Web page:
Promoter Paul Pace, the driving force behind Spice Jazz at the Spice of Life pub in Soho and also a booker at Ronnie Scott's, explains how Lockdown has affected him, a situation especially scary when he felt debilitating symptoms of the virus coming on. Now fairly recovered and looking ahead he explains that the Spice cannot easily string together a workable business model when social distancing rules will reduce its capacity to only a third.
ThreeBop, a 3-part vocal harmony group featuring three of the most distinctive young jazz voices on the scene, Rosina Bullen, Ella Hohnen-Ford and Luca Manning who were backed by a superb rhythm section of pianist David Swan, bassist Will Sach and drummer Boz Martin-Jones was an apt booking to end our Spicejazz ‘Spring’ season in the cosy basement at the Spice of Life pub in Soho on the evening of Wednesday 11th March. The music 'cooked' with the emphasis on the much loved material from the 1962 Nancy Wilson/Cannonball album which has been an inspiration for aspiring jazz vocalists for decades along with the vocalese and scat model as pioneered by Lambert, Hendricks and Ross. Both core influences were in evidence but somehow each singer was able to make their own mark as soloist and blend seamlessly as as a group, respecting the dynamics and lyrics of the songs. The room was packed in a way that we have not experienced over the past two months.
My team, Johanna Burnheart, Alex Western-King, Clement Regert, Matt Brewer and I had decided to make this gig the last one for the foreseeable future. The Coronavirus storm clouds had been gathering news-wise and it was beginning to feel risky for our customers and performers to stage such an event.
Just two days later and a week before official lockdown I experienced the recognised symptoms of COVID-19 though of course I cannot know for sure without having taken the test. It was appropriately Friday 13th March when I felt slight body aches which broke the next day into fully blown fever providing me with the scariest moment as there were all kinds of horror stories circulating through the media about what could happen. My thoughts considered the possible slipping away of consciousness into another dimension, spiritual or otherwise. The fever subsided by Sunday evening followed by more intense body aches and then fatigue for several weeks which now comes and goes.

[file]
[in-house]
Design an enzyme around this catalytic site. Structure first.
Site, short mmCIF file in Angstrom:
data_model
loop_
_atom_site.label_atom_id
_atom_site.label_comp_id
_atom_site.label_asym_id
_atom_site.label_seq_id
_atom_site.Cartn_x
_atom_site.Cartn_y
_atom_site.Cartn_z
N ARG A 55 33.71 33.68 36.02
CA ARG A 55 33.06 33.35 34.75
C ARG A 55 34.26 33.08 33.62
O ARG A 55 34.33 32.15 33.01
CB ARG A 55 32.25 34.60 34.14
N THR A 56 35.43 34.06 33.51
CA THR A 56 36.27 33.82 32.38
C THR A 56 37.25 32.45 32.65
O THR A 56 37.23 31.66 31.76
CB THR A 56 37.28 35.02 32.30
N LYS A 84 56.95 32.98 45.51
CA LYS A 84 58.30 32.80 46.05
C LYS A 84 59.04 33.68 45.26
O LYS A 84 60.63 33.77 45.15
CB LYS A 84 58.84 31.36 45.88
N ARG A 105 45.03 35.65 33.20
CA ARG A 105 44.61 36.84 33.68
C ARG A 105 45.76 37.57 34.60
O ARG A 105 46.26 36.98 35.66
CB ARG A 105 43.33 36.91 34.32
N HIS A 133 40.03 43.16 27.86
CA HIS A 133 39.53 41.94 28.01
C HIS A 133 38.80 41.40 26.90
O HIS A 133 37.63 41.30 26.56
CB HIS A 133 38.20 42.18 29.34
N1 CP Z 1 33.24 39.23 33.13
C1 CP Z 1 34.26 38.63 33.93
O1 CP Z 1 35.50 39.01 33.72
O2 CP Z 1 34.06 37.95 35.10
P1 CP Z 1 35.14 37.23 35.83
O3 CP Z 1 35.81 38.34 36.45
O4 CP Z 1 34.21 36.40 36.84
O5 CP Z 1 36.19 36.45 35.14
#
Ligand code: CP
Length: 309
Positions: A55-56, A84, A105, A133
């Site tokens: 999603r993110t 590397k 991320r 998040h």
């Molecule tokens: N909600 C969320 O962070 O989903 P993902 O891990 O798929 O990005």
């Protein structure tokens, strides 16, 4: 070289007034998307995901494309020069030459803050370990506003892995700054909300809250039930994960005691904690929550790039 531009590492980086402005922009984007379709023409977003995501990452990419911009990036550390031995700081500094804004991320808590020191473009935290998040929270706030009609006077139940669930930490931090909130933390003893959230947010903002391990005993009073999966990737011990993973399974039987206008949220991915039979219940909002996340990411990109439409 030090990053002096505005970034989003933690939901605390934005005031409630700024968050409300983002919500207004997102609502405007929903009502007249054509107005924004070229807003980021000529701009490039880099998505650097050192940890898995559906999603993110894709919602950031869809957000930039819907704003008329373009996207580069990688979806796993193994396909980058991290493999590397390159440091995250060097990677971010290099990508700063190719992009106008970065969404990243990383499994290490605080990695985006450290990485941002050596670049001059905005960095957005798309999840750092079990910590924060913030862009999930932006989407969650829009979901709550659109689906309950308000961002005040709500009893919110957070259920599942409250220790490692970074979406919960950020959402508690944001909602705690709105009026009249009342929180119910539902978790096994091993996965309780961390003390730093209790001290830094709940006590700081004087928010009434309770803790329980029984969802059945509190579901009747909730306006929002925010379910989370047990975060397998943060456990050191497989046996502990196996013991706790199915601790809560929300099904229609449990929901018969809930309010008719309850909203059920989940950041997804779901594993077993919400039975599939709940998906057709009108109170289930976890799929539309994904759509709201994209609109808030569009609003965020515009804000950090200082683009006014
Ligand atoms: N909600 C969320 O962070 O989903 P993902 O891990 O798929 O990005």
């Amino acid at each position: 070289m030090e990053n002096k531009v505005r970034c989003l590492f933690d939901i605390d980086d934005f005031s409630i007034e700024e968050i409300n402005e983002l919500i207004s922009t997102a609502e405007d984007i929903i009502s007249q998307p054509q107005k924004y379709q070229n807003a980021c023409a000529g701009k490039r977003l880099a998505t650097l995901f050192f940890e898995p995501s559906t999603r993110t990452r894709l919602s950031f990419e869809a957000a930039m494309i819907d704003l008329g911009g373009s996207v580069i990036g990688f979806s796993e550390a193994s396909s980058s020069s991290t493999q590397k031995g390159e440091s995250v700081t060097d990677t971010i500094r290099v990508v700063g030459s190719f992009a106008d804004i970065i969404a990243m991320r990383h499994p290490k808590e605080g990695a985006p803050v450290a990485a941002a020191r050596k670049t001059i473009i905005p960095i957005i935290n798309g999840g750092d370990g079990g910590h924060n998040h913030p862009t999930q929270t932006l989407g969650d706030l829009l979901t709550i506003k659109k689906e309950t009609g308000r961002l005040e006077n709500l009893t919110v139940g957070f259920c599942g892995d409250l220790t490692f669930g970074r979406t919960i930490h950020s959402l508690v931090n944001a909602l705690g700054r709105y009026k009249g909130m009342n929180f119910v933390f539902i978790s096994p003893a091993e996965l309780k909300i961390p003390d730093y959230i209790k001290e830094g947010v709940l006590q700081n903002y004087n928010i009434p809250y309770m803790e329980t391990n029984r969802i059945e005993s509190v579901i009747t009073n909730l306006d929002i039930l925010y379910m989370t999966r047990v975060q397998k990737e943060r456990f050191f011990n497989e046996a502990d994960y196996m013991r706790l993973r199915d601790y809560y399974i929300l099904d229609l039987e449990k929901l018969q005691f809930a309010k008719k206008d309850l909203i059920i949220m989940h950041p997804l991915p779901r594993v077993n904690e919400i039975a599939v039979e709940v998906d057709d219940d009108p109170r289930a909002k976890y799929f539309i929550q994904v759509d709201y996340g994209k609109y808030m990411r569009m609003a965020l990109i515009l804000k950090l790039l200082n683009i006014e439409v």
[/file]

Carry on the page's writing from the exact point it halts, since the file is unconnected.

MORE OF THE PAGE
The Spice of Life, above. Photo: marlbank
Once I starting feeling better, I began to consider this weird and tragic situation as a God-given opportunity to sort out all the stuff – house decluttering, learning to play the piano/trumpet, reading those unread books and 'hitting the sack' before midnight – that I never got round to because I was always too busy in my ‘day job’ as part of the booking team at Ronnie Scott’s and my weekly commitments at the Spice. Although one is a dream job and the other a labour of love, ie. unpaid, the density of tasks allied to both endeavours could seem at times like a relentless treadmill.
The Spice of Life has been a big part of my life since 1998 when I started staging gigs in a modest way just before the infamous ‘two-in-the bar’ rule, whereby not more than two musicians were allowed to play at any one time in an establishment that did not possess a music licence, was abolished. The programming has come on by leaps and bounds and I feel proud of all the talent that has passed through the portals, many of whom are now well established on the scene.
I now consult with my SpiceJazz colleagues, Clement and Johanna, regularly to discuss a revamp of the branding, marketing and particularly how we would best present the music when we eventually reopen. Currently, as with all UK venues we cannot easily formulate a workable business model when social distancing rules will reduce the capacity to 30-40%. Could it be a case say of selling two houses, which I can see being difficult to manage, or is there the possibility of live streaming the gig to viewers/subscribers for a fee or donation as well as selling a limited number of room entry tickets?
There have been dire predictions that live music as we have known it, will not emerge until next year. It has been tough in the best of times to run a weekly event at a grassroots venue such as the Spice. Our thinking caps are well and truly on and we look forward to seeing our lovely customers in the well-appointed music room, hopefully sooner rather than later.
Paul Pace, top. Photo: Benjamin Amure
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